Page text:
I’m sure we’ll have a lot of reports at FDL about the dissent outside the DNC convention in Charlotte. Some of the protests could prove interesting. There should be a bigger Occupy presence in Charlotte than there was in Tampa for the RNC convention, and the Undocubus, filled with undocumented immigrants who plan to challenge the Democrats on comprehensive immigration reform (which is in the platform in a rather full-throated way), could make some waves.

But the protest of about 800 in the streets of Charlotte last night, which was smaller than anticipated, did not give me much hope for a real breakthrough. That’s especially true because of the pre-ordained position of some of the protesters.

Union activists walked a political tightrope on Monday — voicing support for President Barack Obama’s re-election bid while lamenting adversarial attitudes toward organized labor in the state Democrats chose for the presidential nominating convention.

More than 300 people marched in the Charlotte Labor Day Parade a day before the kickoff of the Democratic National Convention, carrying signs, wearing matching shirts and chanting. In contrast to a protest the previous day, the atmosphere was overwhelmingly pro-Obama, family-friendly and generally low-key. The police presence was much lighter.

North Carolina has the lowest percentage of union members in the nation, for one reason – they are a right-to-work state that bans collective bargaining with public employees. The fact that the DNC chose this state to hold their event, and non-union hotels to house their delegates, caused a lot of commotion when announced. Labor has a smaller presence at the DNC than in previous years.

Still, when your protesters support the man whose party you are ostensibly protesting, don’t expect anything to come from your protest. There’s no way to exact any price when you up front announce an endorsement. Rich Trumka “declared political independence” last year and then the AFL-CIO endorsed Obama. They can do what they want, but they’re not going to get a single thing out of the Administration if they announce support up front.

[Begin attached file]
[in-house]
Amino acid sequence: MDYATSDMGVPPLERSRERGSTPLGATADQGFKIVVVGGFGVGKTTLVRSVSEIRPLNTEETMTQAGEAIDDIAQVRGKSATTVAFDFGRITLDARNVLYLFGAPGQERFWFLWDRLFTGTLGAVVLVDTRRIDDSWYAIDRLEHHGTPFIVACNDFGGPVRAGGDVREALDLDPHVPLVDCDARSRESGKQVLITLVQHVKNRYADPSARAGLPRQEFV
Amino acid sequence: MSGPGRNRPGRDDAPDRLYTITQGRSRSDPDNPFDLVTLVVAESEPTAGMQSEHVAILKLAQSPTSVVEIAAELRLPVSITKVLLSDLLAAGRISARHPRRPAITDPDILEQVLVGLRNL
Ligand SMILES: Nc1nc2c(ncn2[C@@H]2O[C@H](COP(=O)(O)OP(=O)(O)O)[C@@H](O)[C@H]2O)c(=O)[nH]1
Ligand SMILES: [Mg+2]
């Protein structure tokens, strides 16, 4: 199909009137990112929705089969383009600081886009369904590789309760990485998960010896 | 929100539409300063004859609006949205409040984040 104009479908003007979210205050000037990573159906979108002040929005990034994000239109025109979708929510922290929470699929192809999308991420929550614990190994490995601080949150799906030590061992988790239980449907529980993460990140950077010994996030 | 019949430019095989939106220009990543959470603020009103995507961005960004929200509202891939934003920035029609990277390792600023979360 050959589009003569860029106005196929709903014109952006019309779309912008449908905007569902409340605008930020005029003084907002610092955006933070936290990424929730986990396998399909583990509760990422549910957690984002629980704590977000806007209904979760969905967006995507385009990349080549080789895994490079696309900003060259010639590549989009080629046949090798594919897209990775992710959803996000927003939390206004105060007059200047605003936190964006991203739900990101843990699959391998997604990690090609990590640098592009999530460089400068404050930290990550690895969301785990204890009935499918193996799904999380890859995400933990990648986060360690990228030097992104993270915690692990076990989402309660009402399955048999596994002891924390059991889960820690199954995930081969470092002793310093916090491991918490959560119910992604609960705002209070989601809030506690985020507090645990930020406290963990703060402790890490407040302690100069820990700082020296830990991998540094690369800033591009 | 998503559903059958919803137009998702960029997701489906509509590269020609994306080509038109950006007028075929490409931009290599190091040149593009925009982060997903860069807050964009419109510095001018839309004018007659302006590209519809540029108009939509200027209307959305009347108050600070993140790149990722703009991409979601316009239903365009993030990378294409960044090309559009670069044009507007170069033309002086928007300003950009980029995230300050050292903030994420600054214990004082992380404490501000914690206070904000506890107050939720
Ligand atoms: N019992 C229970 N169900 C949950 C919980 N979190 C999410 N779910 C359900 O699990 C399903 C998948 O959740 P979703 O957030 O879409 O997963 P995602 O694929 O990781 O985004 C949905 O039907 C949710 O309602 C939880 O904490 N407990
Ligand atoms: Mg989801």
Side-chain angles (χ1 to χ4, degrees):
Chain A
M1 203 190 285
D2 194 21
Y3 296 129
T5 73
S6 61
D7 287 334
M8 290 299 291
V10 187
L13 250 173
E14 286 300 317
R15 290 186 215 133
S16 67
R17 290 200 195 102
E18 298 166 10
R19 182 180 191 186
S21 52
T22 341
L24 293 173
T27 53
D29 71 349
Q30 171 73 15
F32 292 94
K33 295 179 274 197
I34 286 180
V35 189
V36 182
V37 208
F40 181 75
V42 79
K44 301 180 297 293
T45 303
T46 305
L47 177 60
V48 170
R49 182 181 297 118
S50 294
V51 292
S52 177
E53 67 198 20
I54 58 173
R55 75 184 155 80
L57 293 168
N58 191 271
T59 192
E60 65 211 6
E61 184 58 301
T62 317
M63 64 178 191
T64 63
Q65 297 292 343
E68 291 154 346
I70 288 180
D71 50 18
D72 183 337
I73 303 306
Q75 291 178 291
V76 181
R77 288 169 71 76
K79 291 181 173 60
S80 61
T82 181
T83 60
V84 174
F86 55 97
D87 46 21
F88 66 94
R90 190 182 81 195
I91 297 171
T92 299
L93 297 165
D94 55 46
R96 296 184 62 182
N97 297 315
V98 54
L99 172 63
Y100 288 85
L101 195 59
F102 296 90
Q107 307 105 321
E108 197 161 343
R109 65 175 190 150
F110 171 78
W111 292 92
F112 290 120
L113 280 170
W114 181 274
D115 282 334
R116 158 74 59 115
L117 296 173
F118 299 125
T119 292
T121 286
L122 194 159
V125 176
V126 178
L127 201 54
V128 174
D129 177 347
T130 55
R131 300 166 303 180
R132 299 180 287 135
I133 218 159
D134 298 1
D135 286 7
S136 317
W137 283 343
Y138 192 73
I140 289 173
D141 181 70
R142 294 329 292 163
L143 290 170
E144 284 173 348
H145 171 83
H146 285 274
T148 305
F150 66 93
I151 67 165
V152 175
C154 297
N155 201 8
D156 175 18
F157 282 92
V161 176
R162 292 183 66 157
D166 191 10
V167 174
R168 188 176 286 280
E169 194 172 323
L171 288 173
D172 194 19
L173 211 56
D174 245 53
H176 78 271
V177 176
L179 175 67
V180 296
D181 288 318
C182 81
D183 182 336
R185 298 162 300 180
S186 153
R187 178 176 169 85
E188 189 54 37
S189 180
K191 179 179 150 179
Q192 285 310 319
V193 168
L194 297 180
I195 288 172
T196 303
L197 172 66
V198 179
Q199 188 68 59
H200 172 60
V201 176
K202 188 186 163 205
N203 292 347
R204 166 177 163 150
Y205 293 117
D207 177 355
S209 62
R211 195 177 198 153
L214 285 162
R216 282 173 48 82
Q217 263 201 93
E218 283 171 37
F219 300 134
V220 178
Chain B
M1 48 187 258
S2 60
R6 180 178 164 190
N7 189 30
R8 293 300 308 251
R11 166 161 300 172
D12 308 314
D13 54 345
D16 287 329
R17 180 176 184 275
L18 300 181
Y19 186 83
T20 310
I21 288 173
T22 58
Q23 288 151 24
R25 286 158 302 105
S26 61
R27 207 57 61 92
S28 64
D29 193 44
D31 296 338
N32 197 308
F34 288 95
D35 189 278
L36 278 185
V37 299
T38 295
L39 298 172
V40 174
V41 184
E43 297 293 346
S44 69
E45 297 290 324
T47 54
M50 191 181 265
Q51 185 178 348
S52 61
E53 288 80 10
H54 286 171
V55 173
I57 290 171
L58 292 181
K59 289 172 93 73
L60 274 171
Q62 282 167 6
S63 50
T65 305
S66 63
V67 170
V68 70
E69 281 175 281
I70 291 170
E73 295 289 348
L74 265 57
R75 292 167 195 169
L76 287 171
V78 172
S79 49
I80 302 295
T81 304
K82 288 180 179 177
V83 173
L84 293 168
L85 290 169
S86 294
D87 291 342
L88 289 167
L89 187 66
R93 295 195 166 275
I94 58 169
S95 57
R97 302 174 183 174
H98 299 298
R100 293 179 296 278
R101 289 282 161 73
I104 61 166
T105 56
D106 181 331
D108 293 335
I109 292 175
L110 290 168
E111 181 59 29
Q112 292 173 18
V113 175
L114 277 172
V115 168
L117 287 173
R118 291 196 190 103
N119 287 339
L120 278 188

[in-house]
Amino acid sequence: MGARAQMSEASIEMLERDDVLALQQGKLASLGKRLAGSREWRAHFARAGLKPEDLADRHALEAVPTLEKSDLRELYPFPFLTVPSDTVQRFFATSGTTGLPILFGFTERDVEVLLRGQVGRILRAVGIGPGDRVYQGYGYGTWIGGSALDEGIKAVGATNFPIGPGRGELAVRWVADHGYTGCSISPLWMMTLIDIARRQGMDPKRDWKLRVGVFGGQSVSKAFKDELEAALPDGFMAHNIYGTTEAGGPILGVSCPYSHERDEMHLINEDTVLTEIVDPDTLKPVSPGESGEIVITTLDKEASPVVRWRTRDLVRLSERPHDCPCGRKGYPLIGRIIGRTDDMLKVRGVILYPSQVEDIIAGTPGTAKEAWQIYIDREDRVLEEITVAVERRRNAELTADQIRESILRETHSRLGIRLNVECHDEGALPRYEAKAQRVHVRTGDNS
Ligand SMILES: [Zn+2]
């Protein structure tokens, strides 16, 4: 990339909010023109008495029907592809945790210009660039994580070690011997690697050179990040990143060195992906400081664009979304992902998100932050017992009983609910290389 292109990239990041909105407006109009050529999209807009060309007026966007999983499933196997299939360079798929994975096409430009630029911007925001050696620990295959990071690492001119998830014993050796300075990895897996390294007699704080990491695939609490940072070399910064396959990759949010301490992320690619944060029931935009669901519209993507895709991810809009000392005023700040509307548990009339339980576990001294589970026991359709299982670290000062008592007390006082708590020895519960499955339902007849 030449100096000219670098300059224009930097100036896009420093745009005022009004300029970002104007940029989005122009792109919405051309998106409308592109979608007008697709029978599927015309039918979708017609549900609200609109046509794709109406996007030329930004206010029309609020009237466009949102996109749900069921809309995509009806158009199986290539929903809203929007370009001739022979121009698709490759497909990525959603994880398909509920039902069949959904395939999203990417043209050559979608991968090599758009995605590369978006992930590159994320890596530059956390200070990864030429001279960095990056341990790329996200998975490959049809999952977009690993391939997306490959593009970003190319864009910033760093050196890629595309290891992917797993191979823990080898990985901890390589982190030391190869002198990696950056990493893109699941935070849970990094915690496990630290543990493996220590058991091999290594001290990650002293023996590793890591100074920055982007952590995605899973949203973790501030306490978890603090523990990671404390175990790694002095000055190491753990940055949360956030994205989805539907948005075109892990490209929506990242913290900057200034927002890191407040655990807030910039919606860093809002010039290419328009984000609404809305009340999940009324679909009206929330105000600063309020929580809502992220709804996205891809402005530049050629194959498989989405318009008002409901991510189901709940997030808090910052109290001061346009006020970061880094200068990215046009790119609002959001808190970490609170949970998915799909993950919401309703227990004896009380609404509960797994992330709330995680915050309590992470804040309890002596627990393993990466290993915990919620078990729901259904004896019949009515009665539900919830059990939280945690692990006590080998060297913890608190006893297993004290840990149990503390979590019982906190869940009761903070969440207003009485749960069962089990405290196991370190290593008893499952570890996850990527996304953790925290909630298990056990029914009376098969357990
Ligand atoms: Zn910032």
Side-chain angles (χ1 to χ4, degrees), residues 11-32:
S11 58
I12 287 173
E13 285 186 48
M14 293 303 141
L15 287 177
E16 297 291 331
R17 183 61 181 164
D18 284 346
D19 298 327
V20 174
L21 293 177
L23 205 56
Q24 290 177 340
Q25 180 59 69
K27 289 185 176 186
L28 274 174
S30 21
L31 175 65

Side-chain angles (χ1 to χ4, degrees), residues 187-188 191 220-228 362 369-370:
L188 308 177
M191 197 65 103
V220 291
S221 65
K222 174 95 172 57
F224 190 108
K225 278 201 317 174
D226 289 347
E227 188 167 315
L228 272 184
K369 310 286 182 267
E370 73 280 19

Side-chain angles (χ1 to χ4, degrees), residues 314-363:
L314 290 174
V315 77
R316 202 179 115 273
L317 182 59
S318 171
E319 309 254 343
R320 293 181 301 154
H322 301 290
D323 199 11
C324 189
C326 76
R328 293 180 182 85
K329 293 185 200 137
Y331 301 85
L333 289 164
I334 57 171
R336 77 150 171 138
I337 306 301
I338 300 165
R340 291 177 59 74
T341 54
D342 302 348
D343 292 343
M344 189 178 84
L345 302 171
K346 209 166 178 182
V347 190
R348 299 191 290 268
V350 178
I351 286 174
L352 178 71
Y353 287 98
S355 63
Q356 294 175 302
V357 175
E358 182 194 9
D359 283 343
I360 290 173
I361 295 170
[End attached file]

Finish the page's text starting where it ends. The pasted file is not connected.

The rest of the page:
For example, let’s look at the party platform on labor issues. “Democrats believe the right to organize and collectively bargain is a fundamental American value,” the platform reads, and it makes promises to “fight for labor laws that provide a fair process for workers to choose union representation, that facilitate the collective bargaining process, and that strengthen remedies for violations of the law,” a rough description of the Employee Free Choice Act without saying the words “Employee Free Choice Act.” The platform also vows “to vigorously oppose ‘Right to Work’ and ‘paycheck protection’ efforts, and so-called ‘Save our Secret Ballot’ measures whenever they are proposed.” But at the same time, the platform touts the passage of three corporate-written trade laws, at two points in the document. It highlights the Trans-Pacific Partnership, a “NAFTA for Asia” trade agreement written in secret with the input of corporate lobbyists, as a key part of its agenda, albeit with pro forma language about labor and environmental standards. And just the setting of Charlotte shows a less-than-vigorous opposition to right to work.

“North Carolina has the lowest number of organized union members,” said Jaribu Hill of Greenville, Miss., who represented the Mississippi Workers’ Center for Human Rights. “This state is woefully backwards and anti-union, anti-working people and most viscerally the working poor. The wages are blindingly low. The poverty is stunning and cyclical in every community where the working poor find themselves. To come here and not know that or act like you don’t know it is unforgivable.”

The President is accepting the nomination at Bank of America Stadium, not Walter Reuther Park, put it that way. (That’s subject to change, incidentally, owing to the potential for bad weather. They may move the whole thing inside.)

Union leaders are well within their rights to prefer Obama over Romney. They believe that an Obama Presidency would be better for union workers, and one can easily agree. But then you put down the “protest signs,” because there’s nothing going on that looks anything like protest here. Don’t insult everyone’s intelligence.